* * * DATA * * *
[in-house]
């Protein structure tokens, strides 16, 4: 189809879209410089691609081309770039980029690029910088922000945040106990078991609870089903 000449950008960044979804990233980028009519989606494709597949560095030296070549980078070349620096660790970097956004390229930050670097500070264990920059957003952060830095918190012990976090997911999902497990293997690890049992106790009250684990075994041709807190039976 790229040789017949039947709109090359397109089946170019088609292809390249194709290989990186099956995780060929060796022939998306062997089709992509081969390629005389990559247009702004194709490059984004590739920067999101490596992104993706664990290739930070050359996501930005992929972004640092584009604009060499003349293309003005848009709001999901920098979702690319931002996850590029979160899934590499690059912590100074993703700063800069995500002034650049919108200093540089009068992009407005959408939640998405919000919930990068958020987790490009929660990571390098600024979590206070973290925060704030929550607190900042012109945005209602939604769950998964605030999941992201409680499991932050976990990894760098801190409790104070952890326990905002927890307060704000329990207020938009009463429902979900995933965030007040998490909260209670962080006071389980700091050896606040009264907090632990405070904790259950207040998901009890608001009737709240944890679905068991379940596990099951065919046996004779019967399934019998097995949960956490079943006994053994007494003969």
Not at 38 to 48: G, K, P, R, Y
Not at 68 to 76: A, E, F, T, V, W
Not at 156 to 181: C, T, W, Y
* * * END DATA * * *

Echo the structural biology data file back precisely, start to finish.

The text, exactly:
[in-house]
């Protein structure tokens, strides 16, 4: 189809879209410089691609081309770039980029690029910088922000945040106990078991609870089903 000449950008960044979804990233980028009519989606494709597949560095030296070549980078070349620096660790970097956004390229930050670097500070264990920059957003952060830095918190012990976090997911999902497990293997690890049992106790009250684990075994041709807190039976 790229040789017949039947709109090359397109089946170019088609292809390249194709290989990186099956995780060929060796022939998306062997089709992509081969390629005389990559247009702004194709490059984004590739920067999101490596992104993706664990290739930070050359996501930005992929972004640092584009604009060499003349293309003005848009709001999901920098979702690319931002996850590029979160899934590499690059912590100074993703700063800069995500002034650049919108200093540089009068992009407005959408939640998405919000919930990068958020987790490009929660990571390098600024979590206070973290925060704030929550607190900042012109945005209602939604769950998964605030999941992201409680499991932050976990990894760098801190409790104070952890326990905002927890307060704000329990207020938009009463429902979900995933965030007040998490909260209670962080006071389980700091050896606040009264907090632990405070904790259950207040998901009890608001009737709240944890679905068991379940596990099951065919046996004779019967399934019998097995949960956490079943006994053994007494003969």
Not at 38 to 48: G, K, P, R, Y
Not at 68 to 76: A, E, F, T, V, W
Not at 156 to 181: C, T, W, Y